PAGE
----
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#ifdef WIN32
#   define TARGET_OS 'W_NT'

I am getting C++ warning in Linux multi-character character constant. at the below line. How to resolve this warning.

#if TARGET_OS == 'W_CE'
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You don't "resolve" the warning. You understand what it means and decide whether your program is correct. (This will depend on the way TARGET_OS is used.) – Kerrek SB Nov 23 '11 at 14:04

2 Answers 2

String constants use double quotes, single quotes are for character constants.

To suppress the warning if this is what you mean you can use -Wno-multichar gcc option.

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I believe OP does mean a character constant, 'W_CE', which is equivalent to 0x575f4345 in some endianness. – kennytm Nov 23 '11 at 13:57
Hmm... I'm afraid you may be right. – Michael Krelin - hacker Nov 23 '11 at 14:01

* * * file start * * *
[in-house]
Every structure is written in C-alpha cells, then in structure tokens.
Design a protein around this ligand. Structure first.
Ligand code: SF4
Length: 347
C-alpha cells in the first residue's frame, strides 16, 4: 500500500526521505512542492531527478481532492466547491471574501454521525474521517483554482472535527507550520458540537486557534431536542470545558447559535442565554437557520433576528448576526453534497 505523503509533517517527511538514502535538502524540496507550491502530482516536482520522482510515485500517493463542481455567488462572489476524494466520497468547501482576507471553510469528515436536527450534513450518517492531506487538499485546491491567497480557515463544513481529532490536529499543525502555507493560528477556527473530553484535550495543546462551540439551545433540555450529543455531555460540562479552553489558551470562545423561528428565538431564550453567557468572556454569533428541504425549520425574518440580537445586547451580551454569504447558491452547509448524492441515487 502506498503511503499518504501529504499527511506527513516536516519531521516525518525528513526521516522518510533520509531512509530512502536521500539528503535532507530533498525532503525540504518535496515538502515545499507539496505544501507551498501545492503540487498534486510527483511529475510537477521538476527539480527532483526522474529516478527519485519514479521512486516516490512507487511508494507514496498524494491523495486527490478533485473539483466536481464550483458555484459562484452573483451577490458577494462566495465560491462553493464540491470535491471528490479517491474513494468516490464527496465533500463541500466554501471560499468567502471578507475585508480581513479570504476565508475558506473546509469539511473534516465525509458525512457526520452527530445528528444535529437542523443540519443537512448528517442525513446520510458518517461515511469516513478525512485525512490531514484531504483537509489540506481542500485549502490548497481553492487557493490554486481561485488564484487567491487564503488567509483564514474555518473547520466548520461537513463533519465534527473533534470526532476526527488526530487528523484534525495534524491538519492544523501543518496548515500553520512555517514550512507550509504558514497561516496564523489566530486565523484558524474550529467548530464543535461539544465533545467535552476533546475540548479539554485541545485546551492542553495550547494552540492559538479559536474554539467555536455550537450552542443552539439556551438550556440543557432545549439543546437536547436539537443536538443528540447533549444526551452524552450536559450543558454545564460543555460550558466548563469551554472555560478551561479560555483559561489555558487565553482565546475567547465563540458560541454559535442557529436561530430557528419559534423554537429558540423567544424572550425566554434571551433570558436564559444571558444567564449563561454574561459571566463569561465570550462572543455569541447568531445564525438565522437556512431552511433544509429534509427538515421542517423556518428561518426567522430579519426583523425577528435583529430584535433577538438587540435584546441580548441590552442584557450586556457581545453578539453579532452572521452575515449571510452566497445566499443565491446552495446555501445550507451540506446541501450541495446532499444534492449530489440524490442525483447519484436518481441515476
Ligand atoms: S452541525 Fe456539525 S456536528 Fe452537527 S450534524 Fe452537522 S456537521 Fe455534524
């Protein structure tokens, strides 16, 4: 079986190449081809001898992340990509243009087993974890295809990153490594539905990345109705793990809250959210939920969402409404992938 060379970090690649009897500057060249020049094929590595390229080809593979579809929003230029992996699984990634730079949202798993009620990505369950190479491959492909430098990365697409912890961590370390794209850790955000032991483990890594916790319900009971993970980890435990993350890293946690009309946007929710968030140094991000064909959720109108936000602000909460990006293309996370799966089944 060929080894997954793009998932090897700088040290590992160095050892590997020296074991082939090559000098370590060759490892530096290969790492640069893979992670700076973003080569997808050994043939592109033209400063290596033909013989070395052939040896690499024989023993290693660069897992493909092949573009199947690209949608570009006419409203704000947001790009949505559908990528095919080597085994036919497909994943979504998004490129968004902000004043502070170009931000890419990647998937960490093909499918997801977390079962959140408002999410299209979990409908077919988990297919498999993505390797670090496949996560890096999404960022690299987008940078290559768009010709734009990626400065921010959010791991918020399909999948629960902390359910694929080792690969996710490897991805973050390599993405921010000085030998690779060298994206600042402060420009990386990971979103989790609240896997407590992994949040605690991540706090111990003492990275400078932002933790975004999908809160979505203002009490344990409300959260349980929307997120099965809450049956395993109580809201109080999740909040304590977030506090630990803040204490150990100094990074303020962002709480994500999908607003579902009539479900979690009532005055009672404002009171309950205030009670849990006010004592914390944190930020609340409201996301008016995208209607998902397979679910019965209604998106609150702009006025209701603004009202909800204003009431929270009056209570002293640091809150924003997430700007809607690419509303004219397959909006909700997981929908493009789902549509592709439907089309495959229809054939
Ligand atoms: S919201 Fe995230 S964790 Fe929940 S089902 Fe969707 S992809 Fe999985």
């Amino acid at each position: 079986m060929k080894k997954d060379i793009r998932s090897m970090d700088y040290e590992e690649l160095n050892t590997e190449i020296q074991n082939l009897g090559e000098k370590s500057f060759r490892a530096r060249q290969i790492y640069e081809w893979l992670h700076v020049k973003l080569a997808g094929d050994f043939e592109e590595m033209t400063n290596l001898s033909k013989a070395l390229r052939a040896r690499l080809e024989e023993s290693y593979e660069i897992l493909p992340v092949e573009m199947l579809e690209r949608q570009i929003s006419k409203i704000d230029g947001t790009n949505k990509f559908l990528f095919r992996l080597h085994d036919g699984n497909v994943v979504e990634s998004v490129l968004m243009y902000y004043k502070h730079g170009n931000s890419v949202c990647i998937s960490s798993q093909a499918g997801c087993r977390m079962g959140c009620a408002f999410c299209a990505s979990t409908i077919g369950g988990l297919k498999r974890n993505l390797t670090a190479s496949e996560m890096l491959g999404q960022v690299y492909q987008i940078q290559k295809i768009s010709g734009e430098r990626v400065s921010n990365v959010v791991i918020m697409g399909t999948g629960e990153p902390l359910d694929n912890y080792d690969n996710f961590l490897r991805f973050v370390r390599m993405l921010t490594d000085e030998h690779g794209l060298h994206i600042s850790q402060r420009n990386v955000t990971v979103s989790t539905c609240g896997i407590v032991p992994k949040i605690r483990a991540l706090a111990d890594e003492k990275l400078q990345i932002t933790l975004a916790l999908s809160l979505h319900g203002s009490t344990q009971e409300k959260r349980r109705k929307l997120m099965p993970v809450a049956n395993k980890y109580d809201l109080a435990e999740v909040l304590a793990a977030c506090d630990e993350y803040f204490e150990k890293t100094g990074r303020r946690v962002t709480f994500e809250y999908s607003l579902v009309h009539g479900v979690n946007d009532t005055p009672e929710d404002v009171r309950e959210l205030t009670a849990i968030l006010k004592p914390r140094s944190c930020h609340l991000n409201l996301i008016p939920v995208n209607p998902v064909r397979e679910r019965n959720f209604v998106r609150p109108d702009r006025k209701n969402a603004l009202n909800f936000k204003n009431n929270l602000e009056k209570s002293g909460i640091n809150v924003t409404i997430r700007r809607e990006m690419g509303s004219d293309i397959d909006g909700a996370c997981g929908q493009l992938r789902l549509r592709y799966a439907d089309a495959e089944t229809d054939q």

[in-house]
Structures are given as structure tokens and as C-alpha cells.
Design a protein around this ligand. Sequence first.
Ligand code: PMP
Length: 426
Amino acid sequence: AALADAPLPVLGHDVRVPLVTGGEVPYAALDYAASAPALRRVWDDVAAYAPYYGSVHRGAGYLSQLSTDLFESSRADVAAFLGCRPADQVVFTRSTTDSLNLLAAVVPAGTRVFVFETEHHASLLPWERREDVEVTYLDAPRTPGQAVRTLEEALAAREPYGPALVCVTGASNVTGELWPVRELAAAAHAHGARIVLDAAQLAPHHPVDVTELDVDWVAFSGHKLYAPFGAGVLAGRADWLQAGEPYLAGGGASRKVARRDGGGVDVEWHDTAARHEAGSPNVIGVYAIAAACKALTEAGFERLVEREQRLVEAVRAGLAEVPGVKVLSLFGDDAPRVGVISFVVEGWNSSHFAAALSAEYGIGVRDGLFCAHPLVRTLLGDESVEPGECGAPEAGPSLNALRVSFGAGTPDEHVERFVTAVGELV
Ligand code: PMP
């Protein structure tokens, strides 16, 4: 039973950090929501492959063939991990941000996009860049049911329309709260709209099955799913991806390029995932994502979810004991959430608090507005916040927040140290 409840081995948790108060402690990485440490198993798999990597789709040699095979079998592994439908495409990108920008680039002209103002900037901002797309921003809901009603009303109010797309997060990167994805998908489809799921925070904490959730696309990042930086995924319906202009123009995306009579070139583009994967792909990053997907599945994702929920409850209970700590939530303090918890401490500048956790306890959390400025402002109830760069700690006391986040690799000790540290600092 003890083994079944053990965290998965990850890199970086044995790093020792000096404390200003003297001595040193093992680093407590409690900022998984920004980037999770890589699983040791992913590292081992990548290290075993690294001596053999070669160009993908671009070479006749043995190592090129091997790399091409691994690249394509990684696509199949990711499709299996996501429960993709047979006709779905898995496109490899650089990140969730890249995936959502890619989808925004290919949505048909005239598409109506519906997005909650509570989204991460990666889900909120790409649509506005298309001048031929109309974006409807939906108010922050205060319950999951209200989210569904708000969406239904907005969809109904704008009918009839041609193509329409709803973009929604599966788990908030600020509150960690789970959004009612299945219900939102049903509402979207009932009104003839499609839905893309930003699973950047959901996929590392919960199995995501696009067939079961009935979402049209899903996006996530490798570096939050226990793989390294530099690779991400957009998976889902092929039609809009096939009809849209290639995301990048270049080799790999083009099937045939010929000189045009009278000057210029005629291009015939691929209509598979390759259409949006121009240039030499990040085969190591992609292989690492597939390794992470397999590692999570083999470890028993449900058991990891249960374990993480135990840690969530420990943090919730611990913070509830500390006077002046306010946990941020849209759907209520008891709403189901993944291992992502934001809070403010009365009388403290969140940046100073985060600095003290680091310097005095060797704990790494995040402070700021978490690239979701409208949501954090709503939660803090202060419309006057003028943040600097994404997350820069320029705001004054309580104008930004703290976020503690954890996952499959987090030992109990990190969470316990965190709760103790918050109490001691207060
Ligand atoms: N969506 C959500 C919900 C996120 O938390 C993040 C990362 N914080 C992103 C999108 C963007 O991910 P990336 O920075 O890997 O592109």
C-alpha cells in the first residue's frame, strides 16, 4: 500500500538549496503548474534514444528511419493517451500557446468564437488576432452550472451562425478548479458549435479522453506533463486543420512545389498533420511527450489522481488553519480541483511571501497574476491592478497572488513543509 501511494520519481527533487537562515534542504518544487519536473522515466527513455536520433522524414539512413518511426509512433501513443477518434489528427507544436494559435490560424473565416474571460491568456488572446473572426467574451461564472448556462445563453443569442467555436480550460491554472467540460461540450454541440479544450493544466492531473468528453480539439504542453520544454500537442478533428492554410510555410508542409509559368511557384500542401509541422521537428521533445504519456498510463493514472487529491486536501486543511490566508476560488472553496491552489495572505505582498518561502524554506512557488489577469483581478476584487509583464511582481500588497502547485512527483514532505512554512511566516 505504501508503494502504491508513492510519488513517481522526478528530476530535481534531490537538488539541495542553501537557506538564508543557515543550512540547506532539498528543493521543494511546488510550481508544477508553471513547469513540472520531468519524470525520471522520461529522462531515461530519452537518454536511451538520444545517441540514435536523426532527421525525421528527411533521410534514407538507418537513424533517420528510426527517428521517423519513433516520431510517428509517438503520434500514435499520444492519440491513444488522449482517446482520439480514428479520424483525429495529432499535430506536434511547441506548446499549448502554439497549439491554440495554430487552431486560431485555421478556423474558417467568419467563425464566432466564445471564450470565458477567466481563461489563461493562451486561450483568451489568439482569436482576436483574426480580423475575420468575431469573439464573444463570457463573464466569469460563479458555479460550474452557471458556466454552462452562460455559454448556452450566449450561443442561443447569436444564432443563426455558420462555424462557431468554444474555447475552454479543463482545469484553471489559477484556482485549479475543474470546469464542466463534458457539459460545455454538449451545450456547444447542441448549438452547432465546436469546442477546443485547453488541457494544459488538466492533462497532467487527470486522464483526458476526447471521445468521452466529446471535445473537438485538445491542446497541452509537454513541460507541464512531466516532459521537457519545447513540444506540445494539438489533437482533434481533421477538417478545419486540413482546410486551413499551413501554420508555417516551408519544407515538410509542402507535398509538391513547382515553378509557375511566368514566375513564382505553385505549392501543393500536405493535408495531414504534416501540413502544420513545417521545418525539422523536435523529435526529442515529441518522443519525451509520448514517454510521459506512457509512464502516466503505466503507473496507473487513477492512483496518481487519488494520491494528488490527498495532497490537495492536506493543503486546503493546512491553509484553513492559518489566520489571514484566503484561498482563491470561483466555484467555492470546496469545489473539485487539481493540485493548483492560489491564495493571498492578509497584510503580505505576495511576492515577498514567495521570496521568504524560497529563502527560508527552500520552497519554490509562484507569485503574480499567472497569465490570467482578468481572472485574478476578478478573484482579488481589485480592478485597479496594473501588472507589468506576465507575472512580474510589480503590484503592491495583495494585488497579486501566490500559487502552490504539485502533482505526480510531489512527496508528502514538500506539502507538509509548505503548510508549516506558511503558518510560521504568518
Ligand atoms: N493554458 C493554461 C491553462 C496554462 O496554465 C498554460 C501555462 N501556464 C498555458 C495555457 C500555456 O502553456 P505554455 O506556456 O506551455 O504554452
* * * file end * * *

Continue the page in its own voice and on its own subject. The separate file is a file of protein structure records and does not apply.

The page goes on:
@KennyTM, I edited the answer in case you're right. – Michael Krelin - hacker Nov 23 '11 at 14:04

Don't define preprocessor constants as strings or chars when testing them in #if. Perhaps coding

   /* do something for Windows NT */

   /* do something for Linux */

Better yet, consider using multi-system libraries like e.g. Qt -they did all the boring job of handling system specific things and provide you with a nice common API.

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I tried like this now . but still errors are coming #if (TARGET_OS_W_NT || TARGET_OS_W_CE) – Sudhakar Nov 23 '11 at 19:47
do we need to define in .h file or .cpp file what TARGET_OS_W_NT means or can we directly use that ? – Sudhakar Nov 23 '11 at 19:47
@Sudhakar you would do #if defined(TARGET_OS_W_NT) || defined(TARGET_OS_W_CE) and simply pass a single preprocessor define in your target configuration as to what the target is (-DTARGET_OS_LINUX) – Urkle Jan 5 '12 at 2:40

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